So if you buy into the idea that oil prices have bottomed out, you are essentially still in denial. Here, in a nutshell, is all you really need to accept about today’s crude and other commodity markets: We are in a world of lingering excess supply and a secular long term decline in demand.

Tomorrow’s price then? Well, of course prices might still rise in the short term on the confidence that we have indeed reached a bottom to the market. And the speculators are again playing their usual games to profit from this argument by going long, thus perpetuating and boosting the rally.

But remember that the long term average price of oil is $26/bbl. There are plenty of reasons to believe that we are returning to this long term average.

PREVIOUS POST

Manage Demand And Keep Control Of Your Business

02/03/2016

By John Richardson CHEMICALS companies don’t always disappear when things turn...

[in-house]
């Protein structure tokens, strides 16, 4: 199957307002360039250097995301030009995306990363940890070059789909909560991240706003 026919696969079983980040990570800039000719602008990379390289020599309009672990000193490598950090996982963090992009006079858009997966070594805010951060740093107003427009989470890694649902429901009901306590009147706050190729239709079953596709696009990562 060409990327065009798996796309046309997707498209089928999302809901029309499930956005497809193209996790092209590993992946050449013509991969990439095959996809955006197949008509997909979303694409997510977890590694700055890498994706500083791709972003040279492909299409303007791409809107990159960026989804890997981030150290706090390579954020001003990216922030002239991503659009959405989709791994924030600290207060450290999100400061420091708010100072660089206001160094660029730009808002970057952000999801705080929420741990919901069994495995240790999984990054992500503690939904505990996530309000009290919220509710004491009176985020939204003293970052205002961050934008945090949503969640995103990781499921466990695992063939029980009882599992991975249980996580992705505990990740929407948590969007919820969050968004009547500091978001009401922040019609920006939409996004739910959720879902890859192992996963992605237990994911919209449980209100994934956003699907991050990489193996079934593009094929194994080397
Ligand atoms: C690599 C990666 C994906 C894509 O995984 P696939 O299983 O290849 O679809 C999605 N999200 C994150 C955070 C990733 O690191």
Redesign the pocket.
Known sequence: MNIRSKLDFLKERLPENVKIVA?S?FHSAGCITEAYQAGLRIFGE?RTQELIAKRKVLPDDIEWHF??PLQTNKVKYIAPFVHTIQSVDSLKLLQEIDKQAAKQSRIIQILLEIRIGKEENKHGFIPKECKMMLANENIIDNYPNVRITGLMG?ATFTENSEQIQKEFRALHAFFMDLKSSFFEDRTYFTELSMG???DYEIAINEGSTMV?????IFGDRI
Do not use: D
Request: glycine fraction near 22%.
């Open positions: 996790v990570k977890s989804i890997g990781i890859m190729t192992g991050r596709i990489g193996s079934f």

Learn more
NEXT POST

China: Wrong Questions Will Give You The Wrong Answers

07/03/2016

By John Richardson IF you start with the wrong questions about China, you are ob...

Learn more
More posts
Why China’s polyethylene imports could be either 22m tonnes or 3m tonnes in 2030
27/10/2020

By John Richardson THERE are so many angles to this that, as with the potential outcomes of the US p...

Read
Debate about refinery closures, re-configurations a harmful distraction for the petrochemicals business
25/10/2020

In the second of a four-part series of blog posts that examines the paradigm shift confronting the p...

Read
Developed world polymers demand: layer after layer of new complexity